The main purpose of the cruise though is to make the most of the historic sites generously dotted along the Nile’s banks between Luxor and Aswan. Most itineraries are 3 nights but you can opt for different ones which are longer.

Luxor to Aswan or Aswan to Luxor?

Entirely up to you. The itinerary is the same both ways just in a different order and the cruise takes the same amount of time. We chose Luxor as our starting point as we wanted to finish our trip in Aswan which didn’t disappoint – but more on that later! Cairo, Luxor and Aswan airports are all conencted with regular flights several times daily.

What did we see along the way?

Stay tuned for my next post on Day 1 of cruising the Nile!

Robyn

 

3 Reasons Why NOW is the time to visit Egypt

 

IMG_4009

The Bent Pyramid, Dashur

No that is not a stock image above – that is a photo I took at The Bent Pyramid on our first sightseeing day in Egypt. What is missing? People. We were the only living souls there…

Egypt has been suffering from a serious dip in tourism ever since the Revolution in 2011. Speaking with Egyptians during our stay, they say that 2018 is better than 2017, which was better than 2016, with 2012-2013 being the worst years. Tourism numbers are ever-so slowly increasing, but they are nothing compared to ten years ago.

When I first booked the trip, all anyone asked was – but is it safe? Check your country’s travel advice, currently all but North Sinai are safe to visit for British nationals. Use common sense, do all the necessary research and have an amazing time!

Egypt is open for tourism and the locals, the hotels, the shopkeepers, the tour guides, they are all so eager for us to come. ‘Welcome to Egypt!’ ‘You must come again!’ ‘Next time to the Red Sea, it is beautiful there!’ Egyptians are extremely proud of their unique country and what it has to offer for those looking for an adventure through the ages.

The amount of hotels “closed for renovation” and half-empty cruise ships along the Nile (ours was only at 30% capacity), gives you a pang of sadness for what could be, what should be a bustling tourism economy.

Take advantage of this to be the time that you book your dream holiday to Egypt. 

Reason 1: Low tourist numbers? Lower prices!

We splurged on a luxury holiday which would probably have been way out of our budget if Egypt wasn’t begging for tourists. Yes, we still spent a lot, but many hotels and tours have slashed their prices to be more accommodating to travelers.

You can get a great bargain at markets and shops – some of the shops and market stalls we bargained with, they probably didn’t have another customer that day, which meant they were very keen to agree on a sale with us. It’s all about getting a great deal, but making sure you are giving enough for what the item is worth to support the seller.

Reason 2: No crowds

The more I travel, the more I want to go ‘more off the beaten track.’ Crowds of people really put me off enjoying places and it is difficult to get a nice photo when you’re fighting with the group next to you for the perfect spot.

In Egypt, this was not an issue (see the picture of the Bent Pyramid!). Even at the Pyramids of Giza, which is THE MOST famous and popular sight in Egypt, it was by no means busy. It really was astounding to experience my first pyramid on my own – it felt so special and personal. At the Red Pyramid at Dashur, we also were able to go inside the Pyramid alone – no queues to get up or down, we could take our time, it was incredible.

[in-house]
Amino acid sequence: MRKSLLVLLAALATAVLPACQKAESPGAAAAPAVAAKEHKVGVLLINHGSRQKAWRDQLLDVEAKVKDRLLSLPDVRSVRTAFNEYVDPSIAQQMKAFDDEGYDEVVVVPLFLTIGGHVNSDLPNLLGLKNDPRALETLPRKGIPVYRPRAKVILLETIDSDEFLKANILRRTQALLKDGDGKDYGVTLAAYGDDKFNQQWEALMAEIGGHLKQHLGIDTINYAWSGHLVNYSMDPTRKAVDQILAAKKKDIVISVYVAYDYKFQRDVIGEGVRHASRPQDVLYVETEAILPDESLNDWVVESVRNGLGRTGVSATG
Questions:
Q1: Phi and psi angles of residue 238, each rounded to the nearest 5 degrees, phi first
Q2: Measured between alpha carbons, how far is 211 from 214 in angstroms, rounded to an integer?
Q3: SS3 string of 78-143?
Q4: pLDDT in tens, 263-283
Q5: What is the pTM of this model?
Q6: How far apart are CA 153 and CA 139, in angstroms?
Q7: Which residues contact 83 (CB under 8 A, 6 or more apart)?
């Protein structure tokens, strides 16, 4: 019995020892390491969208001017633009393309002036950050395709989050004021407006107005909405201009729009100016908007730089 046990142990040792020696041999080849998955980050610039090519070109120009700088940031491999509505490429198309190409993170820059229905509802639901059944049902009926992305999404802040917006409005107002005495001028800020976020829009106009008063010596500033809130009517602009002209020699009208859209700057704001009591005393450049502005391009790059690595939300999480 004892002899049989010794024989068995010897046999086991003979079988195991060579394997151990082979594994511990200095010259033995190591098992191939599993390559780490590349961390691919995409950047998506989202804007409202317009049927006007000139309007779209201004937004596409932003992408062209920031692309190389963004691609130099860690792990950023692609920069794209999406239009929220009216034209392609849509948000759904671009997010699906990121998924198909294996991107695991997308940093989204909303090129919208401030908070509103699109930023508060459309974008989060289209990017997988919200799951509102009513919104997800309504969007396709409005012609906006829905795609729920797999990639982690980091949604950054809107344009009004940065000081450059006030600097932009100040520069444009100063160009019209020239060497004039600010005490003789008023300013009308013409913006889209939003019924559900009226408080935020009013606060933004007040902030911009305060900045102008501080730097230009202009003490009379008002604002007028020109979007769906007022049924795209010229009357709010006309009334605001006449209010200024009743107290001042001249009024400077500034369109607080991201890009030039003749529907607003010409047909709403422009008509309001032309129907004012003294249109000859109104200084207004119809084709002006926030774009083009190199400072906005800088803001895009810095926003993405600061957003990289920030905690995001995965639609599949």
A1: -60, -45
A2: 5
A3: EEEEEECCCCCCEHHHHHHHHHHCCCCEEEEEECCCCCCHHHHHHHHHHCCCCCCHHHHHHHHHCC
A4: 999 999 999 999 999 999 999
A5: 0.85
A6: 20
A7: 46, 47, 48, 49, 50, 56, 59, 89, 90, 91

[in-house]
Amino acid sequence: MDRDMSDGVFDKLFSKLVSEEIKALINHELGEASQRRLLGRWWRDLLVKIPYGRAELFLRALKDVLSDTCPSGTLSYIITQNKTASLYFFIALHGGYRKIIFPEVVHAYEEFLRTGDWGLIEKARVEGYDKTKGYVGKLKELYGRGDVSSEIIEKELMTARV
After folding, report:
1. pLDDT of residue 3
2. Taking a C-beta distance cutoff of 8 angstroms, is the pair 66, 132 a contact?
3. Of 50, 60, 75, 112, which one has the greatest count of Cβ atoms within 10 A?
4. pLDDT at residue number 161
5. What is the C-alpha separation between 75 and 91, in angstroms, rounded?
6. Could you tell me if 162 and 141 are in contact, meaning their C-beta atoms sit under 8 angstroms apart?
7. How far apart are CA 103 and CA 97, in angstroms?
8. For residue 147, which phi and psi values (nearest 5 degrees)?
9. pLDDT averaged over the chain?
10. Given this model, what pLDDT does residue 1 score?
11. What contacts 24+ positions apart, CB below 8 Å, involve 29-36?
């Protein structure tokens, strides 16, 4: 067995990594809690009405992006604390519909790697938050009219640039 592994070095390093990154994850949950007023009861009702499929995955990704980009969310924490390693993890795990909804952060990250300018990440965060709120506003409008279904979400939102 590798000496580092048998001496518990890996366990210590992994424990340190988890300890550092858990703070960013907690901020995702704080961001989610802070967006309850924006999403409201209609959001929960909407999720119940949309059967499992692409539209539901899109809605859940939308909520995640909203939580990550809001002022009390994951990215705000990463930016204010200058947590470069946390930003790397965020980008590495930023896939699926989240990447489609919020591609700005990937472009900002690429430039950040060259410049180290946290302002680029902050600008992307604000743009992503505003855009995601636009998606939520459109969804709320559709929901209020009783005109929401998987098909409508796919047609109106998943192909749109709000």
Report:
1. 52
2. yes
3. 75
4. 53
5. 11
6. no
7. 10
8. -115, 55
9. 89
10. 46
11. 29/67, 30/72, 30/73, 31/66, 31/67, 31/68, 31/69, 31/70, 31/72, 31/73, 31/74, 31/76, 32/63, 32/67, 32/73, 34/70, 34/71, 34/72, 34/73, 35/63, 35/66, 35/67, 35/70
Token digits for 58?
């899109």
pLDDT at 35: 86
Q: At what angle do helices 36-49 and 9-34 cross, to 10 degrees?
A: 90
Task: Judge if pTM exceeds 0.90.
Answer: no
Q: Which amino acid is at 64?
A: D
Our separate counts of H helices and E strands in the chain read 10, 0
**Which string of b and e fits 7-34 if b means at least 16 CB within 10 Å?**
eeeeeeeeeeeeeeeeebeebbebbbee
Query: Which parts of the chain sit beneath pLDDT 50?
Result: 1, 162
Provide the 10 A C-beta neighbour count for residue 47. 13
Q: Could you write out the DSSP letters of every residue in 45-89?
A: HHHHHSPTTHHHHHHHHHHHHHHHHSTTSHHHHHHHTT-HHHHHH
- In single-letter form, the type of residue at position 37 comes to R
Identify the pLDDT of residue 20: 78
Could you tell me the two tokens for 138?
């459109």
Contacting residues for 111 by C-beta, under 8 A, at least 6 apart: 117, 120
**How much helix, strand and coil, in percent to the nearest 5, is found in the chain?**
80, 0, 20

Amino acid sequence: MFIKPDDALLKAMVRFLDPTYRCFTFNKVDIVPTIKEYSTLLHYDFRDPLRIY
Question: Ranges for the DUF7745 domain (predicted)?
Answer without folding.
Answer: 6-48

Reason 3: Where Else?

Where else are you going to see incredible temples, tombs and pyramids by the Ancient Egyptians? See beautiful original paintings about the afterlife in tombs from 4,000 years ago that are still there? Marvel at giant obelisks laboriously carved out of a single granite stone? Sip hibiscus tea while watching the gorgeous sunsets on the Nile? Experience the generous hospitality of the locals who are so happy you have chosen Egypt as your destination?

Look out for new posts on Sundays for more about my trip to Egypt.

I have so many amazing stories and travel ideas to share! It was without a doubt, the best holiday I have ever experienced. Everywhere that follows, you have some serious competition!

 

A Sneak-Peek at my 9-day Egypt Itinerary 

Cairo – 3 nights

We start in Cairo, staying at the iconic Mena House Hotel; I cannot wait to see the Pyramids from my bedroom window when we arrive. I don’t think there is a better way to start our trip.

We were originally going to do a half-day tour to visit the Pyramids, but me being me, a girl with a fascination for all things Ancient Egypt since the age of seven, this was swiftly altered to a full-day tour, to include Saqqara and Dahshur.

Our final day will see us spend the morning at the Egyptian Museum and explore the city sites.


Luxor – 1 night

A short flight will take us to Luxor for a brief 1-night stay at the Hilton before boarding our Nile Cruise to Aswan. J. had wanted to take the overnight train from Cairo which he had done before, but we were advised against this form of travel by the agency over safety concerns. I am happy with the short flight that is roughly the same price as the train ticket.


Nile Cruise – 3 nights

The itinerary looks action-packed with an early start each day. We will visit Luxor Temple, Karnak Temple, Valley of the Kinds and Queens, Edfu Temple, Kom Ombo Temple and Temple of Philae – lots of temples! I can already see J. getting worn out by temple-overload after a day or two but this is the kind of travel I love.


Aswan – 2 nights

We will be staying at the Old Cataract Hotel – the hotel that J. was extremely keen to stay at. There were no rooms available for the night we had originally planned, so the agency changed the itinerary of the trip especially, to work around staying at this hotel. The original plan was to stay 1 night, but due to the changes, we were given a complimentary extra night and in an upgraded Nile-view luxury room – wow. This will be a lovely way to end our trip, before flying back to London via Cairo.


 

Although it will be a cultural trip, the fact that all transport, tours and accommodation are all sorted means it will, fingers-crossed, be less stressful than say doing a DIY version.

This is the most luxurious trip we have taken. I’m more used to backpacking my way around, but I am sure I will adapt!

Have you been to Egypt before? Let me know any tips and ‘must-do’s’ in the comments!

Robyn